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Artist teaches students new skills

Glendon School held an art show on Friday to showcase the work students created over the past two weeks.
Artist-in-residence Jeremy Mayne gives a lesson at Glendon School before the art show.
Artist-in-residence Jeremy Mayne gives a lesson at Glendon School before the art show.

Glendon School held an art show on Friday to showcase the work students created over the past two weeks.

Artist Jeremy Mayne spent the last two weeks as the resident artist at the school, working with each grade level to improve artistic skills and knowledge.

The art show included student work with watercolours, pencil sketches, chalk and oil pastels, and paints completed during the last two weeks. Every student from kindergarten to Grade 12 displayed an art piece in the show.

“He has stirred the artistic ability in every student in our school, even the students who may have been cautious or apprehensive about art,” says Principal Ken Pshyk. “It was very successful.”

Pshyk credits Mayne with the unique ability to improve the artistic skills of students over the course of the residency. Visual arts teacher Cory Fergus says Mayne was able to connect with students' interests to engage them with art.

“It has been amazing,” Fergus says, adding that Mayne provided lessons for the skill level of each grade. Fergus says she was surprised to see students' work progress so rapidly over the two-week residency. Students improved technique and knowledge of art.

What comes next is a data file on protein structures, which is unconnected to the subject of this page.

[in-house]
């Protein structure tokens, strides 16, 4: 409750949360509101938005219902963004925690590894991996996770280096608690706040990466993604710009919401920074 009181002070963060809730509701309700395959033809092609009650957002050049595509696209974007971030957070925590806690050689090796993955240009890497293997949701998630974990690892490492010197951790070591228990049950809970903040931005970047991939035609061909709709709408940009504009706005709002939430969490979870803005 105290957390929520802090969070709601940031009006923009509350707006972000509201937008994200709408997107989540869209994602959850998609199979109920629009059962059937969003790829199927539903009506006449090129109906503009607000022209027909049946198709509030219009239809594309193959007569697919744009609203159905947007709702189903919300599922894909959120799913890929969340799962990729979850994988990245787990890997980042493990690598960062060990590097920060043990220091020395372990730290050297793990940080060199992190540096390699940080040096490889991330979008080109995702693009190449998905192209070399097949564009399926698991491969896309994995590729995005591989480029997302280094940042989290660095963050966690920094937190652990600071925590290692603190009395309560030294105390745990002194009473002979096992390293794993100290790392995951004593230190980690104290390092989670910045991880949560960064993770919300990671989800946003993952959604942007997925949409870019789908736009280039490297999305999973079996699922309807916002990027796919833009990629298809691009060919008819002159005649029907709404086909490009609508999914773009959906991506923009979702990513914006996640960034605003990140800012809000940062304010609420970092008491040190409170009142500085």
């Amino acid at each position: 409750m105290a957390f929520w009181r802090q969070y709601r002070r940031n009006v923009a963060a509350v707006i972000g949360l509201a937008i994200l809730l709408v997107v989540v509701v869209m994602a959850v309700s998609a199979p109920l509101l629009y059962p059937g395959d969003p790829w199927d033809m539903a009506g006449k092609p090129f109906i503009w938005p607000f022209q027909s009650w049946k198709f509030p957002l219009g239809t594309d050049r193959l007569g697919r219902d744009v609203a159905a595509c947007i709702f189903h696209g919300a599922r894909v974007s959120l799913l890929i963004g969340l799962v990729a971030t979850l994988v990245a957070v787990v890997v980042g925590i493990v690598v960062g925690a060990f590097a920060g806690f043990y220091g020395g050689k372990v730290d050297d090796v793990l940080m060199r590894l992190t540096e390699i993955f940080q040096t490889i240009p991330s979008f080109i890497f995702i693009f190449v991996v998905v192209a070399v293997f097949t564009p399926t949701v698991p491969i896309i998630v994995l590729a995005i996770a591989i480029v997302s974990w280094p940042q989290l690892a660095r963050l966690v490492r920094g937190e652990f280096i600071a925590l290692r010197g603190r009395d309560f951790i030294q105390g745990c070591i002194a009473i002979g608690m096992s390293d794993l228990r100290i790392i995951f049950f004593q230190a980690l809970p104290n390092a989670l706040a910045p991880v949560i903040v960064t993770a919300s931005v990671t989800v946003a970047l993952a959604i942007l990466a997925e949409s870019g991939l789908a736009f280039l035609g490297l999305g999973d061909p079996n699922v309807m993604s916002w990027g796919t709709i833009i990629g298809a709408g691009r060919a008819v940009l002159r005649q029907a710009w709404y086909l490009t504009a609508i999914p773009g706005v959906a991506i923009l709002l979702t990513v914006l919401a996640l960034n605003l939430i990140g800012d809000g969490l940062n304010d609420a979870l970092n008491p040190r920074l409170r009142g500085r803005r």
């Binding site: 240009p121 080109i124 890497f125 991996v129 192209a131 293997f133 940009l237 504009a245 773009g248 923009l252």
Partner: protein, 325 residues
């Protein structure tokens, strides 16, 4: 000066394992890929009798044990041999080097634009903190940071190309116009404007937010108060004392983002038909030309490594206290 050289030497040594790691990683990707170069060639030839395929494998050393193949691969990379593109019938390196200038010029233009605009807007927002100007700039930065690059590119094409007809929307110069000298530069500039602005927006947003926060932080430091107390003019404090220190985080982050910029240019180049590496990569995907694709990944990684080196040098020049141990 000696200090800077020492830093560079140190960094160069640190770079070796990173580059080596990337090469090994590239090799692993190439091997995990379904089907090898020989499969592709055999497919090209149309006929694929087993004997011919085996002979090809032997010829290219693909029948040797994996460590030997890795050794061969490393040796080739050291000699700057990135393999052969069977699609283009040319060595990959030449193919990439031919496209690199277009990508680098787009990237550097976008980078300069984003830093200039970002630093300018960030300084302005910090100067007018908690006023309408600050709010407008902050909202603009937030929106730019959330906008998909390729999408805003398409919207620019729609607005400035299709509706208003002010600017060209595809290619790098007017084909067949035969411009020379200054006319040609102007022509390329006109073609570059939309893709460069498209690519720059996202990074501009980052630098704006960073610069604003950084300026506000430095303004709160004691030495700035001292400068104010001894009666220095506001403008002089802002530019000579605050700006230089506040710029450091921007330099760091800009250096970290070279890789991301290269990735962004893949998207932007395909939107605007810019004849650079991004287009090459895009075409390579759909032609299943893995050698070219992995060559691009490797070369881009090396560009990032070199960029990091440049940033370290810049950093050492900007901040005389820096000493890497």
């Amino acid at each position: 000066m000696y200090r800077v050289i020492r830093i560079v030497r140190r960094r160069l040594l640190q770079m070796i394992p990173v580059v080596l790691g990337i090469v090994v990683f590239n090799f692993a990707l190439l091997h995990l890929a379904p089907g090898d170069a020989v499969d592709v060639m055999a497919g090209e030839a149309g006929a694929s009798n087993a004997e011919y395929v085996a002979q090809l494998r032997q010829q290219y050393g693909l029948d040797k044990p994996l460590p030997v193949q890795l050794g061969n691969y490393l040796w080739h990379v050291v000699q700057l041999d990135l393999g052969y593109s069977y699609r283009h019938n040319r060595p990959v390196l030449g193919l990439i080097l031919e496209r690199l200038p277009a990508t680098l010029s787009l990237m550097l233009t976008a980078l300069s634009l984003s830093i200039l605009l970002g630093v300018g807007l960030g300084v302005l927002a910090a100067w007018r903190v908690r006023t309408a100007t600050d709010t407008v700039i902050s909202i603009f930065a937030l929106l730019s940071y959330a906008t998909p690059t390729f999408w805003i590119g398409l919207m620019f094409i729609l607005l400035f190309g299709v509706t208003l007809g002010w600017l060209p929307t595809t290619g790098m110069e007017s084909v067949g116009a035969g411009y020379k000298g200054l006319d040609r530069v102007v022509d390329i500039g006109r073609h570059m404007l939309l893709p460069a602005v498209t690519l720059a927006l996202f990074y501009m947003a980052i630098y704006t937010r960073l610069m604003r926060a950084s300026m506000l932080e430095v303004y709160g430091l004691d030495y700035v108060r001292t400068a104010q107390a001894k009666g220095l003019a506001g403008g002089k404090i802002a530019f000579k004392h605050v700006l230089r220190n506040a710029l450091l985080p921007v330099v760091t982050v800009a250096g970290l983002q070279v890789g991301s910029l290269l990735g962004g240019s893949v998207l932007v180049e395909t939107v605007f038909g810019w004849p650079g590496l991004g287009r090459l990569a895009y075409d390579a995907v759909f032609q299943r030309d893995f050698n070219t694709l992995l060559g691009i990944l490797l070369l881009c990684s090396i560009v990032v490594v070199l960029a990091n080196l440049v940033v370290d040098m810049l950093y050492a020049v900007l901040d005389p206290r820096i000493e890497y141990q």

Mayne describes his residency in Glendon as really pleasant. He said the quietness of the area amazed him. “The ride to work was therapy, as opposed to the absolute cacophony of fighting traffic in downtown Calgary every single day,” he says.

The full-time artist concentrated on two aspects of art. He focused part of his teaching on where artists can be employed, which ranges from design work of manufactured goods and vehicles to painting. He says art is the second largest employer in the country.

“There isn't a thing you touch that wasn't at some point designed or worked on by an artist in its presentation, colour form, or whatever,” he says. “They certainly don't build a computer without it going to the visual department first to see if it looks good and people will want to buy it.”

He also taught the science of art, how vision works, the shape of things, and realist art.

Mayne has been employed as an artist for 24 years. Currently he is an art consultant and works in schools on residencies throughout the school year.

His two-week residency in Glendon wasn't the first work in the area. Mayne also did a residency in Iron River. He says the Glendon experience confirmed for him an idea he developed at Iron River, that rural youth have superior depth perception skills.

“When I teach a perspective lesson, they are very quick to catch on,” he explains. He said he thinks the rural perspective advantage has to do with kids working outdoors more frequently. Also, people in rural areas see buildings at a distance. In the city, tall buildings often closely surround a person, he says.

Mayne said he hopes success and a sense of accomplishment in art will transfer over to other disciplines at school. However, it's tough to make a living just as a visual artist, he warns.

Mayne also taught an in-service to Northern Lights visual art teachers while on residency. The Alberta Foundation for the Arts provided three quarters of the funding for the program, while the parent advisory council kicked in the remaining portion.

Mayne's work and profile can be found online at www.3degreestudio.com.